NEODAAS often provides near-real time support to ship-based research missions, the most recent being the 30th Atlantic Meridional Transect (AMT); a six week annual research expedition that samples the open ocean between the UK and the southern tip of South America.
AMT is a multidisciplinary sampling programme, led by Plymouth Marine Laboratory (PML) and funded by Natural Environment Research Council's (NERC) National Capability, that undertakes biological, chemical and physical oceanographic research along the length of the Atlantic.
There is no other marine research activity like it in the Atlantic and it is a very important expedition for the marine science community, producing a unique dataset that is used by researchers around the world.
It also provides the opportunity to directly monitor changes in this expansive and dynamic ocean, and it is these somewhat challenging qualities of the Atlantic that can be largely overcome with frequent satellite imagery, by allowing a much wider view of the ocean and key oceanographic factors.
The NEODAAS team provided satellite images every week day throughout the 6 week voyage. These images presented the factors of sea surface temperature from the Sentinel 3 SLSTR sensor, and chlorophyll levels from the Sentinel 3 OLCI sensor. In total, the team provided 259 composite satellite images at the highest special resolution of 300m.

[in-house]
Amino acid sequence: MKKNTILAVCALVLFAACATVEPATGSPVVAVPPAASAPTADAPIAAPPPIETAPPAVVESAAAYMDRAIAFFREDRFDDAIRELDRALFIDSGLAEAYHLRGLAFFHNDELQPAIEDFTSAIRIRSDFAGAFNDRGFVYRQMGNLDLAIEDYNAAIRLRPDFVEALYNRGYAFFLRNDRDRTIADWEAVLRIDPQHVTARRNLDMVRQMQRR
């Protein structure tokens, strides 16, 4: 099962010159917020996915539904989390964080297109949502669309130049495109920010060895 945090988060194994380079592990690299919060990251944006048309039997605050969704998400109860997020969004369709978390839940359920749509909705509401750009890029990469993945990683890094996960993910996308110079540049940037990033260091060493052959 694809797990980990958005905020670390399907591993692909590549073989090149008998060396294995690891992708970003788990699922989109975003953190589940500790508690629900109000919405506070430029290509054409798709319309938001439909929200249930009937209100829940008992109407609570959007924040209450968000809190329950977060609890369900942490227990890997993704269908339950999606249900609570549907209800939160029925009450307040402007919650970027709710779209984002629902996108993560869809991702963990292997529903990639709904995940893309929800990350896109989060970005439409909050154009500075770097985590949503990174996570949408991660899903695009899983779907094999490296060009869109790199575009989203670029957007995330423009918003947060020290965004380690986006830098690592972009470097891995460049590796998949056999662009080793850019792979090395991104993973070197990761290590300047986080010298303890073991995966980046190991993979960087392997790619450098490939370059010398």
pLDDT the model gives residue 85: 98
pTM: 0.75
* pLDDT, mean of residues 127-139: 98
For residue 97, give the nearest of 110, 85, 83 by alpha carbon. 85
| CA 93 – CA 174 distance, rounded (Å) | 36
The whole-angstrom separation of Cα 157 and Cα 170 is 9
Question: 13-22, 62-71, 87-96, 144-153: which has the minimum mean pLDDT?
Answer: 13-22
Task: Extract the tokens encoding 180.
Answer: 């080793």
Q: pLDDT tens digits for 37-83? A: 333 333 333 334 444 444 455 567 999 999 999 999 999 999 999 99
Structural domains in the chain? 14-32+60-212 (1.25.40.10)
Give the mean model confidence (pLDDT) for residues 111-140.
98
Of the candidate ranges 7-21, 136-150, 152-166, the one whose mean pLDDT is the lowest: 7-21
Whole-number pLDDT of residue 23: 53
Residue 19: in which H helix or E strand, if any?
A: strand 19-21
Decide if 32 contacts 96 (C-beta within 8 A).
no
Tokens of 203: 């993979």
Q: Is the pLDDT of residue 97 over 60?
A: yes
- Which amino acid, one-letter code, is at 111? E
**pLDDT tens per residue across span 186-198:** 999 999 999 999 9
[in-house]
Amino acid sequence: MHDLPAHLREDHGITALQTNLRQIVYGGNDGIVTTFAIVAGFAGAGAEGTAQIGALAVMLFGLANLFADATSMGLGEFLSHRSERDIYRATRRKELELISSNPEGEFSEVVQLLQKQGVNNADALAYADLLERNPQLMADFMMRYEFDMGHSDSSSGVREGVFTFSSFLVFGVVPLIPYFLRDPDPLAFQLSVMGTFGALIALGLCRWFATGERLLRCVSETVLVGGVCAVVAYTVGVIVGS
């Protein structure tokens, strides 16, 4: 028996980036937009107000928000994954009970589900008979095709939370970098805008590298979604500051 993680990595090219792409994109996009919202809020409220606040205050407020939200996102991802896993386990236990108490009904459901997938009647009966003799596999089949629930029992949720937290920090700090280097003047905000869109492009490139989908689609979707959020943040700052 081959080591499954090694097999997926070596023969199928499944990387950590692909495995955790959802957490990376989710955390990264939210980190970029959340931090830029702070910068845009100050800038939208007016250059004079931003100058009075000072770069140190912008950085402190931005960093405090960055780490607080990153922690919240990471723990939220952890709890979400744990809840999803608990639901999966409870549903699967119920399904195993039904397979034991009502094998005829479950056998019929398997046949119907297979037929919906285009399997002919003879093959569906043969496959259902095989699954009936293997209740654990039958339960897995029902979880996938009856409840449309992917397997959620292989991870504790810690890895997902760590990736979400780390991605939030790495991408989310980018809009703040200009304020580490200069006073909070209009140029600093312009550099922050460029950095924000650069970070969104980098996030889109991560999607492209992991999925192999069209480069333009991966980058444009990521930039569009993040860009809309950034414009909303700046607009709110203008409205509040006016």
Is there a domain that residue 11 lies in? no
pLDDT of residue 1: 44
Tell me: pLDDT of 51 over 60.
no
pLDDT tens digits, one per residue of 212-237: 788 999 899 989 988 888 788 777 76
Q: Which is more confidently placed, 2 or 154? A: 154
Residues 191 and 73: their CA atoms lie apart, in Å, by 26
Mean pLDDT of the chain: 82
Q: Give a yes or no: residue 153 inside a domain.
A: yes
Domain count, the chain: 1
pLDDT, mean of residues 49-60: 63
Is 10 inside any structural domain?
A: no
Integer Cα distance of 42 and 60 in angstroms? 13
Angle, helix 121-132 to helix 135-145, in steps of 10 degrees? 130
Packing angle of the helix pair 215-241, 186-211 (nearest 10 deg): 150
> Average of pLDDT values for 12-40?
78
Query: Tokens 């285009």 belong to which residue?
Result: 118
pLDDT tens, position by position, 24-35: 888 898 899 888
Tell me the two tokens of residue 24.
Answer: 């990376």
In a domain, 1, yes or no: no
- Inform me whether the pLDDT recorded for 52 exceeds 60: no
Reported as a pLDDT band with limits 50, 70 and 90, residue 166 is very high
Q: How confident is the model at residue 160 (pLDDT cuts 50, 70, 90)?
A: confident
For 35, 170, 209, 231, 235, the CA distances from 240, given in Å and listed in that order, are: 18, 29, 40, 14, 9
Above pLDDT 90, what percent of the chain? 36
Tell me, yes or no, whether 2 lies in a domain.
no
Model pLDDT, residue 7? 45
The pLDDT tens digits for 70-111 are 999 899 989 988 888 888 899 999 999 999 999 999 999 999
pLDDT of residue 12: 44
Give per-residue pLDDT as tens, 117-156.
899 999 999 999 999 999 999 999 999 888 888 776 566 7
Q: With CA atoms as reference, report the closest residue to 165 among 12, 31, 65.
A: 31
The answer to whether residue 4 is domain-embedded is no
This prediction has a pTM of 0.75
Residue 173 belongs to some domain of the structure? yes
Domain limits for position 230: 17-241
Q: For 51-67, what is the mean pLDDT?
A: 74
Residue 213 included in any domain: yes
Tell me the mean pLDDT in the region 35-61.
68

They were also able to provide products to suit the shifting needs of the mission, such as enhanced ocean colour to highlight plankton blooms and potential sargassum patches.
Dr Gavin Tilstone, scientist onboard AMT30 and Bio-optical Oceanographer at Plymouth Marine Laboratory, commented:
“The support that NEODAAS provides is extremely valuable to the scientists involved with AMT. NEODAAS’ near-real time satellite imagery provides a wider perspective of the oceanographic conditions ahead and around the ship, such as areas of high phytoplankton biomass, which help us to improve the quality of our data collection and plan our experiments. For example, this year the satellite images helped us navigate toward large patches of sargassum to facilitate sampling it for further research. In turn, we take measurements for validating the satellite imagery that we are provided by NEODAAS so that they can refine the quality of the products that they send out to the UK oceanographic community.”
Silvia Pardo, Research Scientist in NEODAAS, added:
“As well as providing near-real time data while the cruise is ongoing, NEODAAS utilises data collected during AMT to validate satellite data products they are providing. For example, data from previous AMT cruises helped determine the most accurate chlorophyll retrieval algorithm which was then used to provide data for this cruise.”